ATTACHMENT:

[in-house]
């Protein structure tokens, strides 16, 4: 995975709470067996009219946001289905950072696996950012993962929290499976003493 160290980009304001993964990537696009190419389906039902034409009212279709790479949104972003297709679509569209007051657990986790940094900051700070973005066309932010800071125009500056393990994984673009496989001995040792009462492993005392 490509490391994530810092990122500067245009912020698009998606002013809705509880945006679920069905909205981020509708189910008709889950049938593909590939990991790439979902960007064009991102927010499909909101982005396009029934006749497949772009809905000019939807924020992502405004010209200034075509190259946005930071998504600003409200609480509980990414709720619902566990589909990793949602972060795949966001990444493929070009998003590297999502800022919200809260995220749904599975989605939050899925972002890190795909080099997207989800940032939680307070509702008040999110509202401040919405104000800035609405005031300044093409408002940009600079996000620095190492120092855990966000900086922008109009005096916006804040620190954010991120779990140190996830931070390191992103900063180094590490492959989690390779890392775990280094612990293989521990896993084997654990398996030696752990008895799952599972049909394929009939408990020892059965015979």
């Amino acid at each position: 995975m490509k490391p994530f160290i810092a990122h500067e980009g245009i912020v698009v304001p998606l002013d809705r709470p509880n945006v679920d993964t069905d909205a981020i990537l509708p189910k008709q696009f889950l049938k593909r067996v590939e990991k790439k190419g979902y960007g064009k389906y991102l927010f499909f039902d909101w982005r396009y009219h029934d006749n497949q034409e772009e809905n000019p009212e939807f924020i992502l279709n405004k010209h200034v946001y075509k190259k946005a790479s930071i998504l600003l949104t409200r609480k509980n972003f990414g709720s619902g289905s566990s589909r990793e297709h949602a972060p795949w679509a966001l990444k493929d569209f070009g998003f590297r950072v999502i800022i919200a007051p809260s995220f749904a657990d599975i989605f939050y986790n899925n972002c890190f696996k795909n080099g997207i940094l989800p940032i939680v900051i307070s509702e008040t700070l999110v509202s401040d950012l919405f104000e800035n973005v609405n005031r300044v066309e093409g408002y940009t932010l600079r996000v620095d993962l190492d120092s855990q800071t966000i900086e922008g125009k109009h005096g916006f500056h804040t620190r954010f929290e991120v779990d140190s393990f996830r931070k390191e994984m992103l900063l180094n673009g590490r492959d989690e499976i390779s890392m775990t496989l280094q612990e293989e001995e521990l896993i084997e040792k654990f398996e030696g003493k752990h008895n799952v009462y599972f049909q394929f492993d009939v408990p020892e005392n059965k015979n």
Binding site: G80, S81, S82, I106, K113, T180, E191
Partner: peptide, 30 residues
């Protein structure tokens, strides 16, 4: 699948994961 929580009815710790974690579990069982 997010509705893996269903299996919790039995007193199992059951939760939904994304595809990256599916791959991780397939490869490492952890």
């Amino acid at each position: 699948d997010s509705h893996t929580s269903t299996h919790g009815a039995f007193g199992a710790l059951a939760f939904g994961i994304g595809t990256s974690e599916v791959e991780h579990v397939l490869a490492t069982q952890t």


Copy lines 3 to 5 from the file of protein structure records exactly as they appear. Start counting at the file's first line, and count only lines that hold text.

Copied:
């Amino acid at each position: 995975m490509k490391p994530f160290i810092a990122h500067e980009g245009i912020v698009v304001p998606l002013d809705r709470p509880n945006v679920d993964t069905d909205a981020i990537l509708p189910k008709q696009f889950l049938k593909r067996v590939e990991k790439k190419g979902y960007g064009k389906y991102l927010f499909f039902d909101w982005r396009y009219h029934d006749n497949q034409e772009e809905n000019p009212e939807f924020i992502l279709n405004k010209h200034v946001y075509k190259k946005a790479s930071i998504l600003l949104t409200r609480k509980n972003f990414g709720s619902g289905s566990s589909r990793e297709h949602a972060p795949w679509a966001l990444k493929d569209f070009g998003f590297r950072v999502i800022i919200a007051p809260s995220f749904a657990d599975i989605f939050y986790n899925n972002c890190f696996k795909n080099g997207i940094l989800p940032i939680v900051i307070s509702e008040t700070l999110v509202s401040d950012l919405f104000e800035n973005v609405n005031r300044v066309e093409g408002y940009t932010l600079r996000v620095d993962l190492d120092s855990q800071t966000i900086e922008g125009k109009h005096g916006f500056h804040t620190r954010f929290e991120v779990d140190s393990f996830r931070k390191e994984m992103l900063l180094n673009g590490r492959d989690e499976i390779s890392m775990t496989l280094q612990e293989e001995e521990l896993i084997e040792k654990f398996e030696g003493k752990h008895n799952v009462y599972f049909q394929f492993d009939v408990p020892e005392n059965k015979n």
Binding site: G80, S81, S82, I106, K113, T180, E191
Partner: peptide, 30 residues